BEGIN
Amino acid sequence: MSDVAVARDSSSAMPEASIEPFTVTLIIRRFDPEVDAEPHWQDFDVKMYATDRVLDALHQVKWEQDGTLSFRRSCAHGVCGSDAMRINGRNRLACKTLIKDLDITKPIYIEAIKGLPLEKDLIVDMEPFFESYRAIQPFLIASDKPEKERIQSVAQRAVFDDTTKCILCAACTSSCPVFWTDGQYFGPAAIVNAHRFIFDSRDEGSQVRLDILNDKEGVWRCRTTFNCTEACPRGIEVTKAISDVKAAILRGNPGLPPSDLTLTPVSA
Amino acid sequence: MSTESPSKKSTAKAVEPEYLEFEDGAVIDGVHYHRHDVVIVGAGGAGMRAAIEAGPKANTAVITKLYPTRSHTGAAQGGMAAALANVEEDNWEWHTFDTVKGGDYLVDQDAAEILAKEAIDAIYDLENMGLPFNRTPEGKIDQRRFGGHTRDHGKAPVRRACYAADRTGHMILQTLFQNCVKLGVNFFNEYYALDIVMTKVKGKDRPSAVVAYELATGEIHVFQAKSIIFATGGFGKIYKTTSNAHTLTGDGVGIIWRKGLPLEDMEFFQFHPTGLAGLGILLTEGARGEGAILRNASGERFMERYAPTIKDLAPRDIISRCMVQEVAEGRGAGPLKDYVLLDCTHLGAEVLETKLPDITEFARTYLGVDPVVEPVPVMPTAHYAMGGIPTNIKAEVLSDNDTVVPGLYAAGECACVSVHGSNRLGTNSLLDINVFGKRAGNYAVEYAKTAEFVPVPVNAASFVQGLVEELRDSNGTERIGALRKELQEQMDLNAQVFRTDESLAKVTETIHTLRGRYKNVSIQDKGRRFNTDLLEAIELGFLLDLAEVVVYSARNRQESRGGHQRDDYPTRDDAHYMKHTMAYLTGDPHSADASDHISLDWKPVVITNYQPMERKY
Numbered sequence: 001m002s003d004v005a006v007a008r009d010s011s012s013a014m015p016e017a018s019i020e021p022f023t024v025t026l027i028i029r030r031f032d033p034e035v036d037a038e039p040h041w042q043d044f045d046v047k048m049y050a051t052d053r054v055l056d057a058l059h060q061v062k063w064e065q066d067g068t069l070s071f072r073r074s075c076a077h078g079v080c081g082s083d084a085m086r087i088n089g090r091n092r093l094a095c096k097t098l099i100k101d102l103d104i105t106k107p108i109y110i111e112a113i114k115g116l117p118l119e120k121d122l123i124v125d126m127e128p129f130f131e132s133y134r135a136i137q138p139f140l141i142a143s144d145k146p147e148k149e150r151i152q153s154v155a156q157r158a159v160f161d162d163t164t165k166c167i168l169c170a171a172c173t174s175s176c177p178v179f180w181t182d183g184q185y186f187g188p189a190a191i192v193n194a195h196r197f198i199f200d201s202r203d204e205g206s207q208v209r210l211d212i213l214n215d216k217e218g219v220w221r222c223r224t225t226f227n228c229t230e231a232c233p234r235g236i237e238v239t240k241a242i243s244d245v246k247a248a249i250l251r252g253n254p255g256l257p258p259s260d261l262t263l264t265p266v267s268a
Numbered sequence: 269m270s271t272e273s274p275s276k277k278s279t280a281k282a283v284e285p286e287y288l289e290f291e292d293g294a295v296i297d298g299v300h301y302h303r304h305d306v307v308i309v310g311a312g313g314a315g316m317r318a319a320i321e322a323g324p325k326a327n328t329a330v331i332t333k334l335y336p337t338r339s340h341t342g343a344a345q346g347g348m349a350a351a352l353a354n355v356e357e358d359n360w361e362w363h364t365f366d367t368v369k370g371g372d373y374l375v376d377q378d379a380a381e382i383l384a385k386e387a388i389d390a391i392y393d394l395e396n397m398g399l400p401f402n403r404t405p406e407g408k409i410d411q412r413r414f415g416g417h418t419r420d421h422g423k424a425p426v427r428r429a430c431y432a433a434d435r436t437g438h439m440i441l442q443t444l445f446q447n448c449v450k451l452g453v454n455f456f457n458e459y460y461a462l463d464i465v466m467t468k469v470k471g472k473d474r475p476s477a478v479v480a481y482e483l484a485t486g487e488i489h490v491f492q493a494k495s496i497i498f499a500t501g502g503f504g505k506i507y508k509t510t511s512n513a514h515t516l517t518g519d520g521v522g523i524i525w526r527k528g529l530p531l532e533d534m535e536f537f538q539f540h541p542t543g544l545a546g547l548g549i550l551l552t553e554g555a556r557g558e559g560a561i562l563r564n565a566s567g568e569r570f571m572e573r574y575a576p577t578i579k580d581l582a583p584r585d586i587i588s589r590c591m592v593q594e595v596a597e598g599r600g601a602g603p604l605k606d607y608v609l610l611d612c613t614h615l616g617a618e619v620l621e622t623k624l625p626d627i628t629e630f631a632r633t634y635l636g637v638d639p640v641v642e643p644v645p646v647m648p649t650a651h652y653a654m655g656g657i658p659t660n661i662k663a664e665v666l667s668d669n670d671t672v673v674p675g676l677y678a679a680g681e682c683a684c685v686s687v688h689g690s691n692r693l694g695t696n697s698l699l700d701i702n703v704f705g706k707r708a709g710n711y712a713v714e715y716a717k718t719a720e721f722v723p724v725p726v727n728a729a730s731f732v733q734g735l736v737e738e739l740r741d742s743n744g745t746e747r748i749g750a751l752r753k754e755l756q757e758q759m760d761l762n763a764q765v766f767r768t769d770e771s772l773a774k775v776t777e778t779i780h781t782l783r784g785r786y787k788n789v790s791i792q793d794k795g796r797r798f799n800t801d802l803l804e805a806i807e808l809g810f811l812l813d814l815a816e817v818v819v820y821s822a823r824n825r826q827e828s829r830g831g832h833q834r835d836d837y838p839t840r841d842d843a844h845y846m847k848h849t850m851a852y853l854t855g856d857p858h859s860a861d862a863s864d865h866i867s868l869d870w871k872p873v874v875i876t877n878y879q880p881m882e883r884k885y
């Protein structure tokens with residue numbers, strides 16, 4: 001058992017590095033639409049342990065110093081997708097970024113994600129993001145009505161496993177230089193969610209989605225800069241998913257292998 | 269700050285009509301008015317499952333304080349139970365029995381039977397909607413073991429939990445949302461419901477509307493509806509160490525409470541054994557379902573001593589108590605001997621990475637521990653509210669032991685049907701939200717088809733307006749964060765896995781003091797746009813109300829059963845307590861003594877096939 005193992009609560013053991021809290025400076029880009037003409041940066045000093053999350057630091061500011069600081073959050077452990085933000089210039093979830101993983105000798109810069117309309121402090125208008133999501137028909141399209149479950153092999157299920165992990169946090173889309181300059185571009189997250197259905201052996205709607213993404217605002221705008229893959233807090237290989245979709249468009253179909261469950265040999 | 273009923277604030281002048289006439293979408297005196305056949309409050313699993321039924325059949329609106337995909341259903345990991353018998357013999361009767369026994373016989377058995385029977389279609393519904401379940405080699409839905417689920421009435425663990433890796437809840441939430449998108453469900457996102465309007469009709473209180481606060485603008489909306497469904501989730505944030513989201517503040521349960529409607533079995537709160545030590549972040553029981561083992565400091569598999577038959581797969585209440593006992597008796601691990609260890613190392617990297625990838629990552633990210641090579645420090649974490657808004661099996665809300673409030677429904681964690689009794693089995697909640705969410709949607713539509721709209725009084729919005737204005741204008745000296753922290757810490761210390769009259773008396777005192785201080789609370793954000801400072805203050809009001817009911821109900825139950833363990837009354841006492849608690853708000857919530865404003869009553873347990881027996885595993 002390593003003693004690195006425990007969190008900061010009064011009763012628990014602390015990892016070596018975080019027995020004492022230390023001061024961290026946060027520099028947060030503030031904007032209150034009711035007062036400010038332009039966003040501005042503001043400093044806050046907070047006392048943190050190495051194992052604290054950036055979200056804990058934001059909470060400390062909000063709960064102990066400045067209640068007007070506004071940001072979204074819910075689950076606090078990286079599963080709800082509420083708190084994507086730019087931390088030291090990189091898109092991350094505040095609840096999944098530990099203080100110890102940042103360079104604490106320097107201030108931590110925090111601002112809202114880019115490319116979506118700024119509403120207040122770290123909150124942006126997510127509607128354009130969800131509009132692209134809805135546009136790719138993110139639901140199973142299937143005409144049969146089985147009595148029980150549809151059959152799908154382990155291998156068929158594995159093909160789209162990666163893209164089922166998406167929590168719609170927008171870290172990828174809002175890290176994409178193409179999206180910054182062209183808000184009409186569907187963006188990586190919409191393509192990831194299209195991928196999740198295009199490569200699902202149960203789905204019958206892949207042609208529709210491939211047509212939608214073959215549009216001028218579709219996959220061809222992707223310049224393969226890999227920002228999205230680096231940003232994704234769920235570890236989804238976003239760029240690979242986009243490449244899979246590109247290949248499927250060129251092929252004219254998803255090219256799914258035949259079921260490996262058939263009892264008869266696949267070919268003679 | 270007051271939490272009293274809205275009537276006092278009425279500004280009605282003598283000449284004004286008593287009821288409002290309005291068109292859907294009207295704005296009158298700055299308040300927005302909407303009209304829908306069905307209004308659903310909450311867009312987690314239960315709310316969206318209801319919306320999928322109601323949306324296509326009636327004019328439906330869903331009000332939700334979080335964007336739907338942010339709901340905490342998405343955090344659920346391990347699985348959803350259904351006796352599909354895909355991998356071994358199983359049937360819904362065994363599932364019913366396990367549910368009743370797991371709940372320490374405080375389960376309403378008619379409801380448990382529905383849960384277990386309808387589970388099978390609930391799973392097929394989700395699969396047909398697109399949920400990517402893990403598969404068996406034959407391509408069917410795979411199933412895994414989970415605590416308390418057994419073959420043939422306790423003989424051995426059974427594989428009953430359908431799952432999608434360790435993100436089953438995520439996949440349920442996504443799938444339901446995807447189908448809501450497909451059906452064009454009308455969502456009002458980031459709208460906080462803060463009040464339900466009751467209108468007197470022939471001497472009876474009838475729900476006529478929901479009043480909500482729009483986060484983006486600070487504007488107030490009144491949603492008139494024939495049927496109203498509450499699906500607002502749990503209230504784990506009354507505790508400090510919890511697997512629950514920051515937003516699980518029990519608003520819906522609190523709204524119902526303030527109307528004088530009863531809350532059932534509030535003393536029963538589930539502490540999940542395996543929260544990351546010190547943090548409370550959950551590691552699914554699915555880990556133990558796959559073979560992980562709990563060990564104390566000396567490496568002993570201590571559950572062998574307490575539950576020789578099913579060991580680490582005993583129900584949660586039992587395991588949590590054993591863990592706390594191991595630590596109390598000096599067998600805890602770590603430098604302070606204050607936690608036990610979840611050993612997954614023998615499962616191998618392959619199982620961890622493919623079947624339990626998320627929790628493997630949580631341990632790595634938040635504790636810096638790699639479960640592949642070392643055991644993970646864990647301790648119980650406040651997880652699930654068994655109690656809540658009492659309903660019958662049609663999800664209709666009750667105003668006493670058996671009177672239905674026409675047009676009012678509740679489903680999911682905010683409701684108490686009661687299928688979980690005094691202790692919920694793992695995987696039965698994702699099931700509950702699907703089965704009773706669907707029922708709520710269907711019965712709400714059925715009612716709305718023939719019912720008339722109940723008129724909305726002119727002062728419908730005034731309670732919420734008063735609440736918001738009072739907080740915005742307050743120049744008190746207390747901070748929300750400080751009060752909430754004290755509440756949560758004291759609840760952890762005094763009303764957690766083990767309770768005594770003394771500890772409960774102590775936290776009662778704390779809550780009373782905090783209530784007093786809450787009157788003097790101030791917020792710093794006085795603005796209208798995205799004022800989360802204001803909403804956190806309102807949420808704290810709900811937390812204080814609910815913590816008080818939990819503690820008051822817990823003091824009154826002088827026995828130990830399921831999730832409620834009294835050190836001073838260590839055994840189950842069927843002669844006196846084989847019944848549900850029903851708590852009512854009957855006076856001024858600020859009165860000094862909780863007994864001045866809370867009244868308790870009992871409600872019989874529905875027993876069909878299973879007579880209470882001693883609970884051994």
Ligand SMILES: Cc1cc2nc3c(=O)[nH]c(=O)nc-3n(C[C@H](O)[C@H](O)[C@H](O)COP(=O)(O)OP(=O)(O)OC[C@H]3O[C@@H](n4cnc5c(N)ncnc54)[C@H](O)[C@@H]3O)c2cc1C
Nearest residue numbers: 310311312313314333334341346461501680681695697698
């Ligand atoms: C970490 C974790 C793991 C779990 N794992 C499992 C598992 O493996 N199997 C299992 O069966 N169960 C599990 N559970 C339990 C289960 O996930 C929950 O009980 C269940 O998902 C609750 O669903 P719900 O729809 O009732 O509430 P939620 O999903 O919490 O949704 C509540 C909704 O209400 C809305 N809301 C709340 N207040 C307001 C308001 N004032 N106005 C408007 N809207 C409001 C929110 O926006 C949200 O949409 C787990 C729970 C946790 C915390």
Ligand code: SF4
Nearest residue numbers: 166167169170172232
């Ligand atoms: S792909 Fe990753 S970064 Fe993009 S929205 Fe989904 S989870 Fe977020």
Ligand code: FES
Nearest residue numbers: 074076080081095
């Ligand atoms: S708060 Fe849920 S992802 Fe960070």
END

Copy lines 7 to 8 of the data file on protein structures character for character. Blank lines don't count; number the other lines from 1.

Nearest residue numbers: 310311312313314333334341346461501680681695697698
């Ligand atoms: C970490 C974790 C793991 C779990 N794992 C499992 C598992 O493996 N199997 C299992 O069966 N169960 C599990 N559970 C339990 C289960 O996930 C929950 O009980 C269940 O998902 C609750 O669903 P719900 O729809 O009732 O509430 P939620 O999903 O919490 O949704 C509540 C909704 O209400 C809305 N809301 C709340 N207040 C307001 C308001 N004032 N106005 C408007 N809207 C409001 C929110 O926006 C949200 O949409 C787990 C729970 C946790 C915390």